Jaswant does an Advani on Jinnah

In reverence



In an interview to CNN-IBN news channel, he has blamed the country’s first Prime Minister Jawaharlal Nehru for the partition during independence.

“Nehru believed in a highly centralized polity. That’s what he wanted India to be. Jinnah wanted a federal polity, which even Gandhi accepted. Nehru didn’t. Consistently, he stood in the way of a federal India until 1947 when it became a partitioned India,”

Jaswant Singh told Karan Thapar in “Devil’s Advocate”, which will be aired on CNN-IBN on Sunday and Monday. Singh contested the popular Indian portrayal of Jinnah as the villain of the piece -the man responsible for the partition. “It is not borne out of facts… We need to correct it,” he said.

“I think we have misunderstood him because we needed to create a demon... We needed a demon because in the 20th century the most telling event in the subcontinent was the partition of the country,” Singh further added.

His praise for Jinnah comes ahead of the BJP’s three-day ‘Chintan Baithak’ (brainstorming session) which is to begin in Shimla on Aug 19.

The BJP has also been maintaining that the 2005 resolution, which the party had adopted during Advani’s visit to Pakistan and the tributes he rained on Jinnah, have remains unchanged.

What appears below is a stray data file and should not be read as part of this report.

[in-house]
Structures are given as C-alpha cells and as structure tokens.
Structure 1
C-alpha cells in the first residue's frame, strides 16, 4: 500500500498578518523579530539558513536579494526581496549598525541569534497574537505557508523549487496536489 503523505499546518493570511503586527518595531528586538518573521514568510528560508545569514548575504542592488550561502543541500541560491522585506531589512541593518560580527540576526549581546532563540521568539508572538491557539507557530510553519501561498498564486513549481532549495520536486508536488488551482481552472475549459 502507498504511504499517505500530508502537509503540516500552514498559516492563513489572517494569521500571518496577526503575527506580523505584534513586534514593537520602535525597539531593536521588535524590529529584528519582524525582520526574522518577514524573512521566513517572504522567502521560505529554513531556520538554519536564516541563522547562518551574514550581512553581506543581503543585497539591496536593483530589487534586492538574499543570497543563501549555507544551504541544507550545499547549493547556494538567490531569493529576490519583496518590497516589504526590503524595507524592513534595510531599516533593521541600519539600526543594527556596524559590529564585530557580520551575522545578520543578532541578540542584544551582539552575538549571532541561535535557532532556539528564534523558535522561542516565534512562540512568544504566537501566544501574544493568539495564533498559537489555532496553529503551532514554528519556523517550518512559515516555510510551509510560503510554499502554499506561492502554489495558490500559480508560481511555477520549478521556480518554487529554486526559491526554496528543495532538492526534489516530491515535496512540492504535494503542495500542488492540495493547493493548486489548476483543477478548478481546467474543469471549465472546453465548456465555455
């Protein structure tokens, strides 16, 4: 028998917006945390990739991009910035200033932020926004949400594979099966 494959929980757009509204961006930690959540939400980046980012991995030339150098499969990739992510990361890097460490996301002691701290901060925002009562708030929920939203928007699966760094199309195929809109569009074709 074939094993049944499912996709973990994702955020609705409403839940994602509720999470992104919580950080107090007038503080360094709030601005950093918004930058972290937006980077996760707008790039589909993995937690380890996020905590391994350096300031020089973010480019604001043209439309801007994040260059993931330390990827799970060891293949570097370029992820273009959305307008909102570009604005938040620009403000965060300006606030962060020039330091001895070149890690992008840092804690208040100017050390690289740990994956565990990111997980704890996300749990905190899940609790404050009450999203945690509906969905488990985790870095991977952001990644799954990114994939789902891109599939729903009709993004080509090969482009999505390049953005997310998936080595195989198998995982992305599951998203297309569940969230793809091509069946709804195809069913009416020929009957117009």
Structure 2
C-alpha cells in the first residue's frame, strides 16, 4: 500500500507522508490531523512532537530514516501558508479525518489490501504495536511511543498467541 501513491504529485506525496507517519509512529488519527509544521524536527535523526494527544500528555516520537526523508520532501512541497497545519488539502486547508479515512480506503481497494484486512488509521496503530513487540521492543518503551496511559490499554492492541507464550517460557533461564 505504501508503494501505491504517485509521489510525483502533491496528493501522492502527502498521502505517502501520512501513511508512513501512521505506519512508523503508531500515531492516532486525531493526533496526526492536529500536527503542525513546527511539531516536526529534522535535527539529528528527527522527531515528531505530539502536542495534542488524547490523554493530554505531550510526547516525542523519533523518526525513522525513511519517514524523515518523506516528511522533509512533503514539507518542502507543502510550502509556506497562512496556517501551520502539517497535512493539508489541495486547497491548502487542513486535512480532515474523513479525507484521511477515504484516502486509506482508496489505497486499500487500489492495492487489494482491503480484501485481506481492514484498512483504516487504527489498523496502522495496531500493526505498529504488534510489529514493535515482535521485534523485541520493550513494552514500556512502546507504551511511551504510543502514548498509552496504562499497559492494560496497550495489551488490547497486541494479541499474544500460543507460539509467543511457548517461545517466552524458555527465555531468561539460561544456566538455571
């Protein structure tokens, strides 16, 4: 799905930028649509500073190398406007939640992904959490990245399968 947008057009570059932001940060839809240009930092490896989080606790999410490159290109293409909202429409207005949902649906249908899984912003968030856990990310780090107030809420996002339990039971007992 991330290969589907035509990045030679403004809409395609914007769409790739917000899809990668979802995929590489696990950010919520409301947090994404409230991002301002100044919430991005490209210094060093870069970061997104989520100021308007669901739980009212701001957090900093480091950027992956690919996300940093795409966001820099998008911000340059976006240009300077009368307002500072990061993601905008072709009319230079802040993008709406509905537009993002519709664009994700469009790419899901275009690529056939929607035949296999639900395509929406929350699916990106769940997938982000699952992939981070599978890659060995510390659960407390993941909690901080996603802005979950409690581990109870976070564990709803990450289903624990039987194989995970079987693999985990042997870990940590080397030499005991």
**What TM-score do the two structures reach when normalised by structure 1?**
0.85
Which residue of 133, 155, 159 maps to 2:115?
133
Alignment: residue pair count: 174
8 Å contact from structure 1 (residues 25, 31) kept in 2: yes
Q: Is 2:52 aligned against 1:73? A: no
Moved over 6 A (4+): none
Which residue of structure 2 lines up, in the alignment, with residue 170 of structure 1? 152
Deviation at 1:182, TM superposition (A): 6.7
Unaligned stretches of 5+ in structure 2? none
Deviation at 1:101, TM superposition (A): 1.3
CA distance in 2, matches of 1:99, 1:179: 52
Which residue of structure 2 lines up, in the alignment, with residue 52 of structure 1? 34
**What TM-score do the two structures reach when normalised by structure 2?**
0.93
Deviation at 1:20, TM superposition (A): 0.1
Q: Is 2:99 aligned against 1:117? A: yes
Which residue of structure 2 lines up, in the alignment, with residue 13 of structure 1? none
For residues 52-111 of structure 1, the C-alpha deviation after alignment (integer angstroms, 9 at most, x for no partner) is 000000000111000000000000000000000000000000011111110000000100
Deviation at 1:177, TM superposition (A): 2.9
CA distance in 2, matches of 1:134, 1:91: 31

Jaswant Singh, whose biography on Jinnah would be released Monday, said he did not subscribe to the popular demonization of Jinnah and said he was attracted by the personality of the Pakistani leader.

“I was attracted by the personality which has resulted in a book. If I was not drawn to the personality I wouldn’t have written the book. It’s an intricate, complex personality, of his great character, determination,” Singh said.

Singh also questioned the wisdom of Indians who hesitated to call Jinnah a great Indian.
Asked if he views Jinnah as a great man, he said: “Oh yes, because he created something out of nothing and single-handedly stood against the might of the Congress Party and against the British who didn’t really like him ... Gandhi himself called Jinnah a great Indian. Why don’t we recognize that? Why don’t we see (and try to understand) why he called him that?”

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